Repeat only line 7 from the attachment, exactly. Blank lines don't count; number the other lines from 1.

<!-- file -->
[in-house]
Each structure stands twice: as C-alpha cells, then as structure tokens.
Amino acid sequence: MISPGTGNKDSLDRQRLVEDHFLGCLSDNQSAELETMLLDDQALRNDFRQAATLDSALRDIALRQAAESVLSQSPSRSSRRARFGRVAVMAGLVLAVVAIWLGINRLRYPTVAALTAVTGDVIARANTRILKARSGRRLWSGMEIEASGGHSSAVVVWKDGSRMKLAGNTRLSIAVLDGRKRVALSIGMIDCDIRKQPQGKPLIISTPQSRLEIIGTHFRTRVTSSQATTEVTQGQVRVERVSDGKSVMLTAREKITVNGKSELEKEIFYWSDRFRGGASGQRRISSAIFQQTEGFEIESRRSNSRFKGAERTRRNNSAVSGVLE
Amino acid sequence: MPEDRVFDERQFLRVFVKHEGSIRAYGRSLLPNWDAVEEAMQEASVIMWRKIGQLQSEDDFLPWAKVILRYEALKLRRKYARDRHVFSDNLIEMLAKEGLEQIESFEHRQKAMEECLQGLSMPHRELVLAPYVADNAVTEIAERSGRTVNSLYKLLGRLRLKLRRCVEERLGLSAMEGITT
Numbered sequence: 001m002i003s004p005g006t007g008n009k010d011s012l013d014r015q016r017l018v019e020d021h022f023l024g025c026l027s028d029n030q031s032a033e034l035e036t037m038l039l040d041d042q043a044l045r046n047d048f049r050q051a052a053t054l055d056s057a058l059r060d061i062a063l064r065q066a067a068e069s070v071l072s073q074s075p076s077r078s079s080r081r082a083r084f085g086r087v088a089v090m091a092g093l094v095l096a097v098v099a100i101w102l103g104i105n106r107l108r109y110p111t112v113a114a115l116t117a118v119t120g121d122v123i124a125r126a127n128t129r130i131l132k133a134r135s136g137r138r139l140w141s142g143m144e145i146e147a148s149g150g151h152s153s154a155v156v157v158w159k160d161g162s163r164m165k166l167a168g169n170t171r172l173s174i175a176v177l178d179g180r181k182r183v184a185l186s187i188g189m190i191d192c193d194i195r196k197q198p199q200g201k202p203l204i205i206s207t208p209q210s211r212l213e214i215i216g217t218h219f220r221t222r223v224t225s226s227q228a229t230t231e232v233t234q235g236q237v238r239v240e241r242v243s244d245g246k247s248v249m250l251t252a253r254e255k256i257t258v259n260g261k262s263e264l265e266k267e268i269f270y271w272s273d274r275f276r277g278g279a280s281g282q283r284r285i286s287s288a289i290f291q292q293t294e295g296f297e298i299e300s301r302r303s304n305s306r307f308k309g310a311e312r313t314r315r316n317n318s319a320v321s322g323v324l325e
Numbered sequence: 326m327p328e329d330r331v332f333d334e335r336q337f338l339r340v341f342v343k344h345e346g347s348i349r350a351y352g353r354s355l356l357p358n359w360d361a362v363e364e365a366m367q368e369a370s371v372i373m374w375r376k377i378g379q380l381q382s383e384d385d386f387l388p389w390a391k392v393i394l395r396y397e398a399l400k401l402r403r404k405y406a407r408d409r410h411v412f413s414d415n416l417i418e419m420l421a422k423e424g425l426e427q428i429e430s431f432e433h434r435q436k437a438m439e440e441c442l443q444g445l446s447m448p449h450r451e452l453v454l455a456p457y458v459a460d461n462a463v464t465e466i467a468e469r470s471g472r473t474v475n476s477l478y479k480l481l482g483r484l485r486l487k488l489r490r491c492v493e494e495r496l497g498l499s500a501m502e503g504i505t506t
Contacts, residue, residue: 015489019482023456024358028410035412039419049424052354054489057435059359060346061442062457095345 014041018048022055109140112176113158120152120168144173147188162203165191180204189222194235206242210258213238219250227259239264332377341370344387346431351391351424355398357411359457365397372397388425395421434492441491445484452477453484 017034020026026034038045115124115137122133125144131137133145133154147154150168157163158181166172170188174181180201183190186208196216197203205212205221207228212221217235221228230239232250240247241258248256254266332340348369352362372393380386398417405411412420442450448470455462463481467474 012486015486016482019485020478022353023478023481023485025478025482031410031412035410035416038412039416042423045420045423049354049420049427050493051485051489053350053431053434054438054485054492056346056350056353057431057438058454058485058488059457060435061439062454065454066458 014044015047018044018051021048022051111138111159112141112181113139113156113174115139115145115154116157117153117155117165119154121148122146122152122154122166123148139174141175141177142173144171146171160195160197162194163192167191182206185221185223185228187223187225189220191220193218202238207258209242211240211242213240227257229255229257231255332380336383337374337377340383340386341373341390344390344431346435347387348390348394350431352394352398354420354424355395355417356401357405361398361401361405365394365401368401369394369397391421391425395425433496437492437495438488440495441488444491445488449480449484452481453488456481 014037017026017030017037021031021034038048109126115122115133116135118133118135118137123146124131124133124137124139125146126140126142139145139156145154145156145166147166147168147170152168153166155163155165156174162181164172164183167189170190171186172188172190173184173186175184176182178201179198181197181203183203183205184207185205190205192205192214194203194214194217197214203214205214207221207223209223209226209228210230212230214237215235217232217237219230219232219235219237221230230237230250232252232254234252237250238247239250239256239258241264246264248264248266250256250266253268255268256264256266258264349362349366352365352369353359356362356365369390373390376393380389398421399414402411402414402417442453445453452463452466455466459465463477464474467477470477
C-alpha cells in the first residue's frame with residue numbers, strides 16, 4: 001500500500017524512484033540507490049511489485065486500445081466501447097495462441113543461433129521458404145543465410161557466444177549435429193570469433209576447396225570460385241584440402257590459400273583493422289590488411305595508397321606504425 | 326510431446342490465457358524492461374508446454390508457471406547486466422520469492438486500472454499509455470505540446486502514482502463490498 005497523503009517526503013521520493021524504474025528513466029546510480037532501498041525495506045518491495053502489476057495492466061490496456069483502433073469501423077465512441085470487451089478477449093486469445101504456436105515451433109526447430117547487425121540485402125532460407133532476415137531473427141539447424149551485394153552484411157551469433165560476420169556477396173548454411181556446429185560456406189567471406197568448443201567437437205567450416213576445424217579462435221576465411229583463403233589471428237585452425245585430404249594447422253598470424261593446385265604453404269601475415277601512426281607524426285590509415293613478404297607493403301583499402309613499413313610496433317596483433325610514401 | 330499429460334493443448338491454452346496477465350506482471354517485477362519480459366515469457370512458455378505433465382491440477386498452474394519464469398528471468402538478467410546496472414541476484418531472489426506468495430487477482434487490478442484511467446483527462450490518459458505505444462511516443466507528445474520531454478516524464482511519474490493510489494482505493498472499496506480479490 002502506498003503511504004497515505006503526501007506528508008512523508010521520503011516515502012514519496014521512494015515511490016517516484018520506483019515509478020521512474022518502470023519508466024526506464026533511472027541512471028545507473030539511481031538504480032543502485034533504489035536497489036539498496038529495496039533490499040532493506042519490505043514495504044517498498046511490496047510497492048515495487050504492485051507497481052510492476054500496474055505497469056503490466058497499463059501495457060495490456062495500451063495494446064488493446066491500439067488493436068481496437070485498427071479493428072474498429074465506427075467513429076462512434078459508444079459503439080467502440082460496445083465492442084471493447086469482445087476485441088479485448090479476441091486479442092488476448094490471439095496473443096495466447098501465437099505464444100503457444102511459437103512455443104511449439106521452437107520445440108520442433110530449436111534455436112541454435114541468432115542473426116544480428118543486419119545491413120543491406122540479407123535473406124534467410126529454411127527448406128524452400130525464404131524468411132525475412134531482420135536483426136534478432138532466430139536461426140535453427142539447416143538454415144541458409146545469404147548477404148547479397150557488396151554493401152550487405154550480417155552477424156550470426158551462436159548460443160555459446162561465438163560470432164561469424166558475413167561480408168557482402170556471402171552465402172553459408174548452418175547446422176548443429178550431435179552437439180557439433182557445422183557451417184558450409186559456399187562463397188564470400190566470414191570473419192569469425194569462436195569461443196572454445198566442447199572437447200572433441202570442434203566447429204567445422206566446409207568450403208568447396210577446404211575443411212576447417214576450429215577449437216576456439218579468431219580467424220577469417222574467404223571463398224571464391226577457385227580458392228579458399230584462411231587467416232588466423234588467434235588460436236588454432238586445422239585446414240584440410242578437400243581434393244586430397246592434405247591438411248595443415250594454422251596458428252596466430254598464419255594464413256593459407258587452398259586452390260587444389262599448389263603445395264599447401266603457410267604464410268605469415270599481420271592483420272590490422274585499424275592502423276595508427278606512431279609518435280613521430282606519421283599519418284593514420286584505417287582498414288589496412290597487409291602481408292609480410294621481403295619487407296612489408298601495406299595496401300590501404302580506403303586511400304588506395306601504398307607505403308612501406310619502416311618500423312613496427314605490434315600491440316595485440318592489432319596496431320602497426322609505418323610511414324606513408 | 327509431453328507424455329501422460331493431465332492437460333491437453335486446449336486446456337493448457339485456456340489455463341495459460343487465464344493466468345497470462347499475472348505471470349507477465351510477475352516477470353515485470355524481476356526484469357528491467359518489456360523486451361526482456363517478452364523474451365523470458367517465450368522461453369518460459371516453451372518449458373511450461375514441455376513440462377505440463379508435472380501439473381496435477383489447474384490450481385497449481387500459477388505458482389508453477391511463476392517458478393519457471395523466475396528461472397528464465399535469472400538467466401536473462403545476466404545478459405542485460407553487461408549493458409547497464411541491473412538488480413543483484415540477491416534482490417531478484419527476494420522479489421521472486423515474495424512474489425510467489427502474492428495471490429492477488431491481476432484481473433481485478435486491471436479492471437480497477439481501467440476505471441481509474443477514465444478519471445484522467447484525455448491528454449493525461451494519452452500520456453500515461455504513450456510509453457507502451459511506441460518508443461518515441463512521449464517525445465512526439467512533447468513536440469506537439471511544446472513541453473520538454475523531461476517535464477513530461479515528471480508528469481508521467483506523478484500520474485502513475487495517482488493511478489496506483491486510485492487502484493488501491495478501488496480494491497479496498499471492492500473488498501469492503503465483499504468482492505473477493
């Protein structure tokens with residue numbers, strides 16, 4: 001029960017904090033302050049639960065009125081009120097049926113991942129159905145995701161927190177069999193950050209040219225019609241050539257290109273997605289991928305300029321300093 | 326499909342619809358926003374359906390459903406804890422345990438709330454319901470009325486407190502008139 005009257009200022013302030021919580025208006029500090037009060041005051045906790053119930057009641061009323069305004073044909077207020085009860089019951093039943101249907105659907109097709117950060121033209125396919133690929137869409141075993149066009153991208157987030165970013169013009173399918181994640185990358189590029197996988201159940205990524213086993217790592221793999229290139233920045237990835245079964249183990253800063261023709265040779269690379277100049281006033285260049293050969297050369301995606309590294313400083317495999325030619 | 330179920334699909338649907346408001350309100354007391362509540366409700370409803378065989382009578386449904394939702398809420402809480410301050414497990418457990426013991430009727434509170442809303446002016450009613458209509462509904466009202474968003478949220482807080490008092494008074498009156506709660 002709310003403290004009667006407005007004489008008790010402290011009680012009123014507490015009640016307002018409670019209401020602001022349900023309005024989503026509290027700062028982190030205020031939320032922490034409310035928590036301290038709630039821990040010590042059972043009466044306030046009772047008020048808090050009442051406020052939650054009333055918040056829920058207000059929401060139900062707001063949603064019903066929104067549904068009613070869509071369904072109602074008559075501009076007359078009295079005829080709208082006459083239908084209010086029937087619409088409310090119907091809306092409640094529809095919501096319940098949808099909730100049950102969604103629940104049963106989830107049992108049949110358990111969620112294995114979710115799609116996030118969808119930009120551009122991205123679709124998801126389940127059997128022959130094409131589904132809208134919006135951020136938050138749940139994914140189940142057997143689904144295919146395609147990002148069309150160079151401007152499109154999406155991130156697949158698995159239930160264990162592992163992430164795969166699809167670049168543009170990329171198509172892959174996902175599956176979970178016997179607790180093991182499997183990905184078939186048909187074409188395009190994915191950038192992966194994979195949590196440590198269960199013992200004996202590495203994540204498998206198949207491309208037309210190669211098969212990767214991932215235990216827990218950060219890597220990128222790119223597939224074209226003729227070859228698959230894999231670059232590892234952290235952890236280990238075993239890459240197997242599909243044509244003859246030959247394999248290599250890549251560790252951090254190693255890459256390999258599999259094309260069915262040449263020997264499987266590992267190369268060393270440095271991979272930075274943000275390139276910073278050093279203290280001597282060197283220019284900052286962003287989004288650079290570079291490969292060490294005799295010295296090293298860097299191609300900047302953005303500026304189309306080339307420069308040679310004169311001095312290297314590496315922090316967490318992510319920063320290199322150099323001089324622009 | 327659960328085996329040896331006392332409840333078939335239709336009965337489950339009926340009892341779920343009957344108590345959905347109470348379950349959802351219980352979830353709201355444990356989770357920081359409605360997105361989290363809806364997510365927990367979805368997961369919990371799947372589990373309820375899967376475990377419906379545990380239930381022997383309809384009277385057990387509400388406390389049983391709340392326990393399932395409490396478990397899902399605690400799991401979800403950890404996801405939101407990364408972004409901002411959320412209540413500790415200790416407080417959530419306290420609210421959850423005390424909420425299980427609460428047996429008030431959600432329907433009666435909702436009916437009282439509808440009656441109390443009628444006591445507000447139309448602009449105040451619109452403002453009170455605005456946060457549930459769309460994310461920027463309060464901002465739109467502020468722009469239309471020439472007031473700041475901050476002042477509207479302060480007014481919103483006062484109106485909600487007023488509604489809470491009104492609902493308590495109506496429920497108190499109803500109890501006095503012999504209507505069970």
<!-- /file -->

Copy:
Contacts, residue, residue: 015489019482023456024358028410035412039419049424052354054489057435059359060346061442062457095345 014041018048022055109140112176113158120152120168144173147188162203165191180204189222194235206242210258213238219250227259239264332377341370344387346431351391351424355398357411359457365397372397388425395421434492441491445484452477453484 017034020026026034038045115124115137122133125144131137133145133154147154150168157163158181166172170188174181180201183190186208196216197203205212205221207228212221217235221228230239232250240247241258248256254266332340348369352362372393380386398417405411412420442450448470455462463481467474 012486015486016482019485020478022353023478023481023485025478025482031410031412035410035416038412039416042423045420045423049354049420049427050493051485051489053350053431053434054438054485054492056346056350056353057431057438058454058485058488059457060435061439062454065454066458 014044015047018044018051021048022051111138111159112141112181113139113156113174115139115145115154116157117153117155117165119154121148122146122152122154122166123148139174141175141177142173144171146171160195160197162194163192167191182206185221185223185228187223187225189220191220193218202238207258209242211240211242213240227257229255229257231255332380336383337374337377340383340386341373341390344390344431346435347387348390348394350431352394352398354420354424355395355417356401357405361398361401361405365394365401368401369394369397391421391425395425433496437492437495438488440495441488444491445488449480449484452481453488456481 014037017026017030017037021031021034038048109126115122115133116135118133118135118137123146124131124133124137124139125146126140126142139145139156145154145156145166147166147168147170152168153166155163155165156174162181164172164183167189170190171186172188172190173184173186175184176182178201179198181197181203183203183205184207185205190205192205192214194203194214194217197214203214205214207221207223209223209226209228210230212230214237215235217232217237219230219232219235219237221230230237230250232252232254234252237250238247239250239256239258241264246264248264248266250256250266253268255268256264256266258264349362349366352365352369353359356362356365369390373390376393380389398421399414402411402414402417442453445453452463452466455466459465463477464474467477470477